Sue Scott Gallery is pleased to announce a solo exhibition of work by Elisabeth Subrin, presenting the premiere of her new video installation Lost Tribes and Promised Lands and her 2008 two-channel projection Sweet Ruin. Installed in the related project space are selected films, videos and photographic stills spanning nearly twenty years.
In her complexly layered and deeply emotional work, Subrin mines the elusive intersections of history and female subjectivity in an effort to excavate and deconstruct both dominant and minor narratives. Investigating the residual impact of recent social movements, the nature of evidence, and the poetics of psychological “disorder,” Subrin’s projects rarely take the same form, working across narrative, documentary and conceptual art practices and production models. Her Compulsion to Repeat is organized around one of her primary preoccupations—the repetition and re-enactment of primal scenes from the past.
Her latest installation Lost Tribes and Promised Lands, presents views of Williamsburg, Brooklyn on twin projections shot by Subrin on 16mm film: one made in the days following September 11, 2001, the other presenting the same locations on the same date in 2008. Critic Ed Halter writes that Lost Tribes “offers a bittersweet meditation on loss, longing and the passage of time, achingly personal and sharply political.”
Originally commissioned as a response to Michelangelo Antonioni’s never-produced 1966 screenplay Technically Sweet, and shot on outdated 16mm stock to mimic discarded footage from a feature film production, Sweet Ruin reworks elements of the original script into a meditation on love, violence and double identity, starring actor Gaby Hoffman in a dual role.
Her trilogy of works, Swallow (1995), Shulie (1997) and The Fancy (2000) have been hailed by critics and curators as three of the most important works to emerge in American artists’ film and video in the previous decade. Of the series, Nicole Armour wrote in Film Comment that “Subrin’s videos are acute, highly imaginative excursions in precise yet speculative detective work. Drawn to marginal figures, she subjects them to rigorous biographical needling, devising a whole new approach to documentary in the process. In fact, the filmmaker’s work[s] … are unclassifiable; you could call them formalist experiments in documentary wrappers. Through them, Subrin cunningly insists that all along the wrong people have been asking the wrong questions. Forget what you’ve read. This is history the way it should have been written.” In the New York Times, A. O. Scott called The Fancy “one of the most moving evocations of the irreplaceable quiddity of a person … Somehow, Ms. Subrin confers immortality on her subject while at the same time making vivid her irrevocable absence.”
On January 24, 3PM, the gallery will present a screening of the artist’s films and single-channel videos in conversation with critic Ed Halter. The event will include rarely seen early videos such as Is A Lie (1988, her first video), Interference (1989), and Evidence Acquired Without Consent (1990), all made by Subrin as a student at the Massachusetts College of Art. Displaying the emergence of her longstanding themes, these early works also foreground the lasting influence of her education in avant-garde cinema and video art: Subrin has always exacted complete formal control over her work, typically producing, directing, writing, editing, and shooting them herself, or overseeing a minimal technical crew.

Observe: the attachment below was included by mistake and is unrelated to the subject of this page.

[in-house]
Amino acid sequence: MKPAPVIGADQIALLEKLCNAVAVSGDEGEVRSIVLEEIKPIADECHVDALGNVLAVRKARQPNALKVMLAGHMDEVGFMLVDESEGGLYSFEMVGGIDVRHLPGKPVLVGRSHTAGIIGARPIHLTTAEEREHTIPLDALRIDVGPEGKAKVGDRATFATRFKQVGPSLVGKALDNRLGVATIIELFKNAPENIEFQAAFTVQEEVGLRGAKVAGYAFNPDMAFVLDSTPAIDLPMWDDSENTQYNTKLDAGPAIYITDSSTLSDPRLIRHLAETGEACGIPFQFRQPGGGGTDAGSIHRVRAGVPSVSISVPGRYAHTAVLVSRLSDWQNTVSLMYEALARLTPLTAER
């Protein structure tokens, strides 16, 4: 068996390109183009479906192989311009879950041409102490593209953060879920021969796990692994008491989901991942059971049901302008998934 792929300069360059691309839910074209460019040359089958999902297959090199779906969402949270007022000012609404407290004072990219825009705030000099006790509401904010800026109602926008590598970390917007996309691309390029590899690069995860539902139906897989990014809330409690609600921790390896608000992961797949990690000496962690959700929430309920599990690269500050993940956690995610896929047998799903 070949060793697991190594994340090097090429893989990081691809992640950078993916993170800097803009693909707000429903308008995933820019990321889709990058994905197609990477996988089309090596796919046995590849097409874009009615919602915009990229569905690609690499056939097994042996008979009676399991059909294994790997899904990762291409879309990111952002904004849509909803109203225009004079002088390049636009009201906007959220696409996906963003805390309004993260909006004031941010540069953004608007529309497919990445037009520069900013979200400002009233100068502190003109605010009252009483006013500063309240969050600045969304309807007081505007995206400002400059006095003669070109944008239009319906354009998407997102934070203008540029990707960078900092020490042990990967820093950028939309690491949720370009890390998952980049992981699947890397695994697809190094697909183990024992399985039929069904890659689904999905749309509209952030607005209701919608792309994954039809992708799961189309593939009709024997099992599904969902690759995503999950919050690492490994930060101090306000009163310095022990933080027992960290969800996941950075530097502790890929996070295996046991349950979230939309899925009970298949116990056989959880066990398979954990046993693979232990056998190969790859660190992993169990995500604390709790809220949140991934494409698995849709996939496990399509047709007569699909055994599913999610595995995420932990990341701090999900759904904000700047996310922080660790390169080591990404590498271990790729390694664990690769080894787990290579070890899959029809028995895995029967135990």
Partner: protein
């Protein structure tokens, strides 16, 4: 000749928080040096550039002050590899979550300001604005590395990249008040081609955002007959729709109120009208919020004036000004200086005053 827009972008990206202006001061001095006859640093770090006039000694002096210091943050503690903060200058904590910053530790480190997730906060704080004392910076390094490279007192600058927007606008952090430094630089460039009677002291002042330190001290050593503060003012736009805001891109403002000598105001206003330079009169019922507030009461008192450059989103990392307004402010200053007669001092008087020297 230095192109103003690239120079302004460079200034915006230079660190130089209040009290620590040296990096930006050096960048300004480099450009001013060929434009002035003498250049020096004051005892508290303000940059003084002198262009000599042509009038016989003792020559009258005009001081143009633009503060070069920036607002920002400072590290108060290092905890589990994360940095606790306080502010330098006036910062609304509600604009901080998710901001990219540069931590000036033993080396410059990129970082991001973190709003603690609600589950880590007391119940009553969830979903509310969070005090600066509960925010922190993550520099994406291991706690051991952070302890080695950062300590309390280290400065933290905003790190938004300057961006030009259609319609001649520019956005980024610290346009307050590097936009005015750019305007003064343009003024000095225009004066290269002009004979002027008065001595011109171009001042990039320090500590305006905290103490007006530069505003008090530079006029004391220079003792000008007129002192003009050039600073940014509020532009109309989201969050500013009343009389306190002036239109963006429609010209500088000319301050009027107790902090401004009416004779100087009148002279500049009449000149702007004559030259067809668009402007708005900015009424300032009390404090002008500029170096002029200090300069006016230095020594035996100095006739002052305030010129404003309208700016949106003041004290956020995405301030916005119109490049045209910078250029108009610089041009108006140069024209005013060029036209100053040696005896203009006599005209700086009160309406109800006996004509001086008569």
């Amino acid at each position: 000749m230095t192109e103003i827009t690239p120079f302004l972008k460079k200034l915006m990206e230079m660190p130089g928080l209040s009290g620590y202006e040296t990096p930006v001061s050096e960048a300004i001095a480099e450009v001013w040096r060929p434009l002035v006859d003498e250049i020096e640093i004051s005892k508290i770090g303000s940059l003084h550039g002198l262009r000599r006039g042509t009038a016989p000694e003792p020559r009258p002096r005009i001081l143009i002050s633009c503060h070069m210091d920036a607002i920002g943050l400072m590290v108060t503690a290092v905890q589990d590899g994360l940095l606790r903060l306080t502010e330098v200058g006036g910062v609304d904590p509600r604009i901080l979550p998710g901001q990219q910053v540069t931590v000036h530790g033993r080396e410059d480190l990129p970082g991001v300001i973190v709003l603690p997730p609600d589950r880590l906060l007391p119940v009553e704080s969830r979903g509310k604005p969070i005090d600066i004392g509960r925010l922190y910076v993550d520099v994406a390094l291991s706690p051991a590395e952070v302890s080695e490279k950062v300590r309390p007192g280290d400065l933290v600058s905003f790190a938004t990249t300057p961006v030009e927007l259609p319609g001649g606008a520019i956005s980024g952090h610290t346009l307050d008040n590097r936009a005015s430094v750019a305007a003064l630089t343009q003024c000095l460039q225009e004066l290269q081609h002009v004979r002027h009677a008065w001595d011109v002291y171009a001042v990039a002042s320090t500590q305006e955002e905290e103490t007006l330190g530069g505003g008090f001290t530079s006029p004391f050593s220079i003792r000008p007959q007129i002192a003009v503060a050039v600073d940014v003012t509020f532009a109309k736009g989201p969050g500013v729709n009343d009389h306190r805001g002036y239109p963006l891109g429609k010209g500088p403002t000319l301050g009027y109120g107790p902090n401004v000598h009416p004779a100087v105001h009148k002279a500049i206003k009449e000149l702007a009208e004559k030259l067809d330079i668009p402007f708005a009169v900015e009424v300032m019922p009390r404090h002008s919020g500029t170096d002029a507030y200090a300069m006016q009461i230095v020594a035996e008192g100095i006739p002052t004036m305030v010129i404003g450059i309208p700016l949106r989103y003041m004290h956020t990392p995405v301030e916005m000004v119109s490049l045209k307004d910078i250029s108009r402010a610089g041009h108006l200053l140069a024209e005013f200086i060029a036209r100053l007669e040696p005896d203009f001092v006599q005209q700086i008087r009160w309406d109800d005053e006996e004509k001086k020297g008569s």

A catalog will be available with a new essay on Subrin’s work by Ed Halter.
Elisabeth Subrin’s award-winning work has screened widely in the US and abroad, including solo shows at The Museum of Modern Art, Thread Waxing Space, The Vienna International Film Festival, The Institute of Contemporary Art, Boston, Harvard Film Archives, The San Francisco Cinematheque, and in group shows, festivals and museums internationally, including The Whitney Biennial, The Guggenheim Museum, The Walker Art Center, The Wexner Center for the Arts, The New York Film Festival, and The Rotterdam International Film Festival. She has received grants and fellowships from the Rockefeller, Guggenheim, Annenberg, and The Creative Capital Foundations, and participated in the Sundance Institute Screenwriting and Directing Fellowships with her first feature-length narrative film, in development with Forensic Films in New York. She has received film commissions from The MacDowell Colony and The Danish Arts Council for recent projects, The Caretakers and Sweet Ruin. A solo exhibition curated by Lia Gangitano will take place at Participant, Inc. in New York in 2011.
Subrin was born in Boston and received a BFA from Massachusetts College of Art in 1990. She received an MFA from The School of the Art Institute in 1995. She has taught extensively, including at Amherst College, Cooper Union, The School of the Art Institute of Chicago, The Visual and Environmental Studies Department at Harvard University, and The Yale University School of Art. She is currently Assistant Professor of Film and Media Art at Temple University and lives in Brooklyn, New York.